US Olympic Swimming Team: 5 Nations Sure to Challenge US Supremacy in London
When American swimming star Michael Phelps won an Olympic-record 14 gold medals at the 2004 Athens and 2008 Beijing Games—including a record eight golds in Beijing alone—he inadvertently cast a giant bulls-eye over Team USA, defeating Australia for the second consecutive Games in the total medal count.
To be fair, Phelps cannot take full credit for the Americans' dominance. Teammates Aaron Peirsol, Ryan Lochte and Jason Lezak contributed with multiple golds of their own, while Natalie Coughlin earned six medals of all colors on the women's side.
Nonetheless, the United States has won ever swimming medal count since the 1988 Games, when a cast led by East Germany's Kristin Otto dominated the women's events to secure victory for the now-defunct eastern block.
Ever since, Hungary, Russia, Australia, the Netherlands, Japan and Great Britain have all taken turns as second-place swimming powerhouses.
Now as the 2012 London Games approach, the following are five nations sure to challenge the U.S. this summer.
No. 5: Serbia
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Talk about a one-man wrecking crew.
In 2008, Serbian swimmer Milorad Cavic threatened to unseat Michael Phelps from his perfect gold medal streak, only to wind up on the wrong side of an Olympic Games clock in the 100-meter butterfly, losing to Phelps by just one-hundredth of one second.
Ergo, the Serbian threat is not that the country will somehow overtake the United States for swimming dominance, but rather, like the 2011 Baltimore Orioles did to the Red Sox, that by unseating Phelps in just one event, Serbia will help jostle Team USA from the top spot.
No. 4: Hungary
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When Michael Phelps won his record eight gold medals during the 2008 Beijing Games, he edged just one man thrice, relegating that unlucky individual to the silver side of the podium all three times.
That man was Hungary's Laszlo Cseh, who set three European records while Phelps set three world records during the 200-meter butterfly and the 200 and 400 individual medleys. The combined margin of victory for all three races was just 5.28 seconds.
With Phelps set to once again take on an ambitious Olympic schedule, it is only a matter of time before the 26-year-old Cseh masters his craft and bumps Phelps from the top spot.
Ready or not, Hungary's one-man secret weapon is on his way.
No. 3: Japan
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While China may reign supreme on the diving board, it is Japan that has produced several Olympic swimming contenders in recent years.
The 29-year-old Kosuke Kitajima has excelled in the breaststroke, winning golds in the 100- and 200-meters at both the 2004 Athens and 2008 Beijing Games. With personal bests of 58.90 in the 100 and 2 minutes, 7.51 seconds in the 200, Kitajime has briefly held and recaptured world records, setting up an informal rivalry with American Brendan Hansen in several breaststroke record categories.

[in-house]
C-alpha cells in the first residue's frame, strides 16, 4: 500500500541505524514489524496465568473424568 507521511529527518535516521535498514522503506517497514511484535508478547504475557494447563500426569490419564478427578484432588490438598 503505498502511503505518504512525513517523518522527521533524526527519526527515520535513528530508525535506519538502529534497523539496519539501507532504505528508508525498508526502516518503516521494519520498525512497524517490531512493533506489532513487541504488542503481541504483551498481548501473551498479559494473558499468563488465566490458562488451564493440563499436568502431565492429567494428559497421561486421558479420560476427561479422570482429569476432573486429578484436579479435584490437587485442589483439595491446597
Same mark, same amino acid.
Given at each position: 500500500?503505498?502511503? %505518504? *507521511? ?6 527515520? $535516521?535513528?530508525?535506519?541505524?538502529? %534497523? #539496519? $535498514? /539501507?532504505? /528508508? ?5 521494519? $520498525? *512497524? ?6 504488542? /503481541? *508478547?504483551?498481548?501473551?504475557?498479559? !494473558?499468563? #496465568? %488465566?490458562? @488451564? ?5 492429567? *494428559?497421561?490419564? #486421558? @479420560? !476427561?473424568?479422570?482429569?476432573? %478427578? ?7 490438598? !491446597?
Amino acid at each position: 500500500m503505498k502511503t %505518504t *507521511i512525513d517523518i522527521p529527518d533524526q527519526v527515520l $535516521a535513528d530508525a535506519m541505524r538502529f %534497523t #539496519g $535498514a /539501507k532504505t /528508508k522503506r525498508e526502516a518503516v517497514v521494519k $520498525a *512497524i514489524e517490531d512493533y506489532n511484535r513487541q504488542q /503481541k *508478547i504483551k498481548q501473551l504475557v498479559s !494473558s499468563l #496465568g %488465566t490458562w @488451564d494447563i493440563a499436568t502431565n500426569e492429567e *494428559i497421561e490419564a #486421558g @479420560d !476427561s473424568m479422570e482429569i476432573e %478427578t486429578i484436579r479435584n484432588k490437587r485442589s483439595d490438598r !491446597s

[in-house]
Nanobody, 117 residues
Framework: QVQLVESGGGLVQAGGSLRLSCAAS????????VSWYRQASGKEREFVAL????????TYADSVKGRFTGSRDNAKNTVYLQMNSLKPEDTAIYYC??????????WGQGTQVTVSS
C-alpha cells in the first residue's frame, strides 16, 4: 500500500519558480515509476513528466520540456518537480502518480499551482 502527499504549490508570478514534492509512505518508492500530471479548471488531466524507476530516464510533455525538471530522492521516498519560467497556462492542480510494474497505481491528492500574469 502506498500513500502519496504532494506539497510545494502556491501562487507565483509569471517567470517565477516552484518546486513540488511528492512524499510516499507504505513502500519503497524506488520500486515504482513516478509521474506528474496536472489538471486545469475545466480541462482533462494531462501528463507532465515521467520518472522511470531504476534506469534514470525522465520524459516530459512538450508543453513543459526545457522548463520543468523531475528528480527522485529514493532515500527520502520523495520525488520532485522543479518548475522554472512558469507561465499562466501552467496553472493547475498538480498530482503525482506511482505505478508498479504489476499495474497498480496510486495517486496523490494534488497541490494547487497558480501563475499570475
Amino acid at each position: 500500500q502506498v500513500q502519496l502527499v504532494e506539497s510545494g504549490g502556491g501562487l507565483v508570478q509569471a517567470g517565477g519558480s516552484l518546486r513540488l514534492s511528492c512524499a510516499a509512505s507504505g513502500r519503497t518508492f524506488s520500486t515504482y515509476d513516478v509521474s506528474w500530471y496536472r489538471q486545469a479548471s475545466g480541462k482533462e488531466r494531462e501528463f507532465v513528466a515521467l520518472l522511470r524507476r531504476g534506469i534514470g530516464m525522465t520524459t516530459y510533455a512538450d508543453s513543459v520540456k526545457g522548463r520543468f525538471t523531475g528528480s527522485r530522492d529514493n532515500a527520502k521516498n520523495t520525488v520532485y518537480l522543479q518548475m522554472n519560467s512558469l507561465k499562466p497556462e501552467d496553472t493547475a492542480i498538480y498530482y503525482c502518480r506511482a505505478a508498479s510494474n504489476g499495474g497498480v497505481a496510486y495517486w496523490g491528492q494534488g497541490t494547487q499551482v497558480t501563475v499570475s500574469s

With teammate Takeshi Matsuda ready to follow in Kitajima's footsteps—albet in the butterfly—Japan could be a hidden threat to several key medals in the upcoming Games.
No. 2: Great Britain
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In the 2008 Beijing Games, host nation China thrived on its home-field advantage, propelling a swim team that had won just two medals in 2004 to six in Beijing.
2012 is Great Britain's chance to seize upon the familiar atmosphere of the London Aquatics Centre and multiply their medal count—considering that Great Britain took home six medals in 2008, the host nation could find itself in double-digit territory by Games' end.
No. 1: Australia
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Though the United States won the overall 2008 swimming medal count by 11 discs, the Australian team had already taken over the women's side, winning six gold medals to the Americans' two. From three-gold winner Stephanie Rice to a world record set by the Aussie's 4x100-meter medley women, the takeover has clearly begun.
Earlier this month, Australian swimmer James Magnussen announced that until the Opening Ceremonies in London, he will disappear, entering a secret training camp of sorts designed to mold him into Australia's not-so-secret weapon in that country's quest for water dominance.
If Australia edges out the United States of America in London, it will mark the first time since the 1956 Melbourne Games that Australia will have dominated the competition.